A grandson of Ferdinand Porsche, the founder of the sports-car maker who also developed the Beetle under a contract with the Nazis, Piech became CEO of VW’s Audi division where he developed the brand’s pioneering Quattro four-wheel drive technology before joining the parent company.

Under his leadership, VW acquired ultra-luxury nameplates Bugatti, Bentley and Lamborghini SpA and integrated the mass-market Seat and Skoda brands. Piech, who hasn’t commented on his desire for another term, declined to be interviewed for this story.

When he took over as CEO in 1993, VW was losing money, prompting Piech to cut wages and weekly hours at German factories and streamline production by sharing parts among models and brands. The measures helped turn a loss in 1993 equivalent to about 1 billion euros into a 2.6 billion-euro profit in 2002 when Piech was elected chairman.

Engineered Ousters

Piech showed that he remained firmly in charge by orchestrating the ouster of Bernd Pischetsrieder, his handpicked successor in 2006. The former Bayerische Motoren Werke AG CEO pulled the Piech-developed Phaeton luxury sedan from the U.S. and disagreed over the use of VW’s holding in truckmaker Scania. His departure made way for Winterkorn, who worked closely with Piech at Audi in the 1980s.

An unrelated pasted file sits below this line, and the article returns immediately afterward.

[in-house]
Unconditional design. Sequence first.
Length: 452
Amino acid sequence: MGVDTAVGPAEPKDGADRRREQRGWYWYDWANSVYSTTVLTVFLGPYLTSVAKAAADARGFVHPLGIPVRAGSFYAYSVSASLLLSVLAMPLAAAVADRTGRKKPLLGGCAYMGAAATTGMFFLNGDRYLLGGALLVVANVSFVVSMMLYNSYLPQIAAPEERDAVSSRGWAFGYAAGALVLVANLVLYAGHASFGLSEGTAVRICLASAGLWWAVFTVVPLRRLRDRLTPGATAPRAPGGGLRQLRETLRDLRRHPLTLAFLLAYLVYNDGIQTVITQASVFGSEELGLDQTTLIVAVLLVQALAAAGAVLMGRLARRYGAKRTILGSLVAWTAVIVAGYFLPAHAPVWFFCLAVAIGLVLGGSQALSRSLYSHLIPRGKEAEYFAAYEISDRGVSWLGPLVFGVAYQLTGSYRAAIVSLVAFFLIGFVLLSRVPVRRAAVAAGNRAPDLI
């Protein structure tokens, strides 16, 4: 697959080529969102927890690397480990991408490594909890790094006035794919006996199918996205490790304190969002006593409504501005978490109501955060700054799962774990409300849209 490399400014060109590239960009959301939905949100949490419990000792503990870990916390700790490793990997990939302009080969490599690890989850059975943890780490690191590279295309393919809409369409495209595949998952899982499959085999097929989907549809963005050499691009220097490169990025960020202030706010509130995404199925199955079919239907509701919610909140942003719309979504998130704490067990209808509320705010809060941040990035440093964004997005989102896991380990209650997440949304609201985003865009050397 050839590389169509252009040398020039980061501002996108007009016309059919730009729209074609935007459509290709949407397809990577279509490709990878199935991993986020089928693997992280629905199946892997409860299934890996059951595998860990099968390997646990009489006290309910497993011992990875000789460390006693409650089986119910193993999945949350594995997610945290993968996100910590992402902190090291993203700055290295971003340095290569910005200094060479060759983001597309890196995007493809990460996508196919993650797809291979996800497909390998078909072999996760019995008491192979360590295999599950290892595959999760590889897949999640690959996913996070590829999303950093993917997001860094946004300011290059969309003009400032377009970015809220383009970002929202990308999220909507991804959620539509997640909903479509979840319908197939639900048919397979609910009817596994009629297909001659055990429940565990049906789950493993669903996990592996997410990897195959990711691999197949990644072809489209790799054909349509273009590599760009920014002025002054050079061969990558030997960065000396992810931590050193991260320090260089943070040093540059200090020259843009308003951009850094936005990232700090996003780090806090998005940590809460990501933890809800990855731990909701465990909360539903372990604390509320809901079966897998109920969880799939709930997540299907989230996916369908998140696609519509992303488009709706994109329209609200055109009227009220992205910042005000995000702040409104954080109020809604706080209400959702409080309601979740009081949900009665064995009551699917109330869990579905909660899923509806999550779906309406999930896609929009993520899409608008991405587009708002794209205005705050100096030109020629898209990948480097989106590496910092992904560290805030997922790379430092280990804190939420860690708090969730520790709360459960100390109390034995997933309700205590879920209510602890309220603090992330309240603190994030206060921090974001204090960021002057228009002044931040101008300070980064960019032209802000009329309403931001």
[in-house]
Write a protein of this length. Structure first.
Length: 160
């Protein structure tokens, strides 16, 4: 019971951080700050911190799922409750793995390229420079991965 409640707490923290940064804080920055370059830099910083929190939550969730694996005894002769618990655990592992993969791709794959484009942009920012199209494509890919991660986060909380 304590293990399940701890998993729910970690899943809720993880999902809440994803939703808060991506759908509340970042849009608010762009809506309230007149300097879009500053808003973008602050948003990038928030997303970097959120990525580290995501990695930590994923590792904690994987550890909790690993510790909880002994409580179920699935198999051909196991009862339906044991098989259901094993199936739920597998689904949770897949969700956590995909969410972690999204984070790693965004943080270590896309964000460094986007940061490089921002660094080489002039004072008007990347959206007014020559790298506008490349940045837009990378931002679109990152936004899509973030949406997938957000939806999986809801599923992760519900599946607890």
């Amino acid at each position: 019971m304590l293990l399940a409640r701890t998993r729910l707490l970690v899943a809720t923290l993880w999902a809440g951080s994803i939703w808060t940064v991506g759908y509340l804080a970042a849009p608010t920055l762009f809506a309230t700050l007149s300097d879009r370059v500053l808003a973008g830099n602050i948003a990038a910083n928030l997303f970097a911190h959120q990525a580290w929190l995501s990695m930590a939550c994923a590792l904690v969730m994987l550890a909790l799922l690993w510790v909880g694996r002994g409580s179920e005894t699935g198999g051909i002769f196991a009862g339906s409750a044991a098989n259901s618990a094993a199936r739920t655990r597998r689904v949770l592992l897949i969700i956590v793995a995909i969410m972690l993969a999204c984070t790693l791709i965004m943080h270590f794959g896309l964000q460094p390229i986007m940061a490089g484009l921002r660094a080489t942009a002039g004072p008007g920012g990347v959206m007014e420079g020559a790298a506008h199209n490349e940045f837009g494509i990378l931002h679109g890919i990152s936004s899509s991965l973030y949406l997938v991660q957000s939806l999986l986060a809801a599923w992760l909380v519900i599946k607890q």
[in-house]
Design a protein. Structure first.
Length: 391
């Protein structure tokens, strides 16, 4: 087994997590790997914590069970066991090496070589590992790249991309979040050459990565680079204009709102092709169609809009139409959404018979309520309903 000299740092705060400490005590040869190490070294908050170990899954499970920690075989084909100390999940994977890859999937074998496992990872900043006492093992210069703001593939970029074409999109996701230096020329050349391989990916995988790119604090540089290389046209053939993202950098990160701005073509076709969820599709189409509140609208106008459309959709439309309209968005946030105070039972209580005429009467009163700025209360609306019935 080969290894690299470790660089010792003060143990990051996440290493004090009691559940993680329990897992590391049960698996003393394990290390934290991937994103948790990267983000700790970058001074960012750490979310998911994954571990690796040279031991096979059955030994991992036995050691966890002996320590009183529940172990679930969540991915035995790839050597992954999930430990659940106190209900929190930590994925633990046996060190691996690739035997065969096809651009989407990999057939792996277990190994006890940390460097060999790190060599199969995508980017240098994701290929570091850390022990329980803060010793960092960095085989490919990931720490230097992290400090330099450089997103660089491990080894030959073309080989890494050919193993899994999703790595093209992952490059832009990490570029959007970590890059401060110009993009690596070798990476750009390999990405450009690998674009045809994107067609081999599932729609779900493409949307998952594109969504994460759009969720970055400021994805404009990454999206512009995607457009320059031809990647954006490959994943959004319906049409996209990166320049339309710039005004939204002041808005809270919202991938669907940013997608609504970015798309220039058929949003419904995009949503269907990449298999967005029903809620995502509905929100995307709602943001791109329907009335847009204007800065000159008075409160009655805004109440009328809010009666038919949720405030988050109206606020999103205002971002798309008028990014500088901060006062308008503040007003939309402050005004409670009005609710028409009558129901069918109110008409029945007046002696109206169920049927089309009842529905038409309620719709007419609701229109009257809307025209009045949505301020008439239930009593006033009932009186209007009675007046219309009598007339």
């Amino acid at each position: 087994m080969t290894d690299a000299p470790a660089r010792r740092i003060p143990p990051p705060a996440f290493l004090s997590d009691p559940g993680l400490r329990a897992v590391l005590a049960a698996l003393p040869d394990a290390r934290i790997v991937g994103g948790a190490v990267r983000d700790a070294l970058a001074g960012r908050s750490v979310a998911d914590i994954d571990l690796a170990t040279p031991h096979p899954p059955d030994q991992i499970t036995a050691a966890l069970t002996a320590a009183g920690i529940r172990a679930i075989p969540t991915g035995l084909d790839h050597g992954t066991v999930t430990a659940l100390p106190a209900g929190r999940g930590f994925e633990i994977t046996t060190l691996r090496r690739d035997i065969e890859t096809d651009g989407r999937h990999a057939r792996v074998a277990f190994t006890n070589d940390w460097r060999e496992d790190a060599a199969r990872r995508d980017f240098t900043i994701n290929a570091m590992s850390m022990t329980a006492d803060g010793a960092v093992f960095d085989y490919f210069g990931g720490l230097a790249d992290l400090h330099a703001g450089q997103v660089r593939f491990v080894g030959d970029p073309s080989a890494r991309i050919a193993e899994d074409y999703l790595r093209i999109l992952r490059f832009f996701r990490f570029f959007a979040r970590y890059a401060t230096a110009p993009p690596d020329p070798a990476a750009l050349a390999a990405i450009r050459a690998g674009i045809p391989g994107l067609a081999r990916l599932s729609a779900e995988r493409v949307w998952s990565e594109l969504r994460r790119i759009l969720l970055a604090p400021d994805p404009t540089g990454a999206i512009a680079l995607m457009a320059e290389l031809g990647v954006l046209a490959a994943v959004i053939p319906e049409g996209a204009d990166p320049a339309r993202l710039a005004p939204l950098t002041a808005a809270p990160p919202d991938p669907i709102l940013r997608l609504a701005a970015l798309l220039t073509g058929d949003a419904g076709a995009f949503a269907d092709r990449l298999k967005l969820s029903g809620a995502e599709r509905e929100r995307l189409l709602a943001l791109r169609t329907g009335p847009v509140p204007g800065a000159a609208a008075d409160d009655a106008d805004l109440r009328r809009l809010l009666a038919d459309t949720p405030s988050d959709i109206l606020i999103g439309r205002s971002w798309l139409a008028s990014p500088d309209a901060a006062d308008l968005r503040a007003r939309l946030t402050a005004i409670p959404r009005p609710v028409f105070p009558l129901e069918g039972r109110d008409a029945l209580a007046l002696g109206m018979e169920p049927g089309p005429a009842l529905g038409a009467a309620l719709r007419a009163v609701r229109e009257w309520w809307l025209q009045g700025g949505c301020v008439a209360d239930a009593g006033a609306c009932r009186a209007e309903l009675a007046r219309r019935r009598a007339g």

“Piech is the ultimate strategist,” said Helmut Becker, a former chief economist at BMW, who now runs a consulting business in Munich. “There are multiple casualties along his career path.”

His biggest coup may have been his role in turning the tables on Porsche, including his cousin Wolfgang Porsche, in the failed takeover of VW. After initially backing the deal, Piech withdrew support as financing unraveled, opening the door for VW to acquire 49.9 percent of the maker of the 911 sports car. Porsche CEO Wendelin Wiedeking and Chief Financial Officer Holger Haerter stepped down after Piech publicly criticized both executives for creating Porsche’s financial problems.

No Heir Apparent

“It’s not possible to take a company to the top by focusing on the highest level of harmony,” Piech said in his 2002 book “Auto.Biographie.”

Filling his shoes won’t be an easy task for Europe’s biggest carmaker. Becker predicts that Piech will cede the chairman role to Winterkorn when the CEO’s contract ends in 2016. Possible candidates to then replace Winterkorn include Winfried Vahland, the chief of Skoda, and Karl-Thomas Neumann, former CEO of parts-supplier Continental AG who now heads VW’s China operations, Becker said.

Winterkorn, who will be 69 when his contract expires, “can imagine” joining the supervisory board after his tenure as CEO, he said in an interview published in “Antrieb fuer die Zukunft,” a September 2010 book about VW’s competition with Toyota. The shift requires a smooth transition and “the heir apparent has not yet been found,” Winterkorn said. The comments were confirmed by spokesman Michael Brendel.

“It’s bad for companies when managers miss the right point of time to resign, when strength capsizes to weakness,” said Intes consultant May. “It’s a traditional weakness of patriarchs that they refuse to sort out their succession.”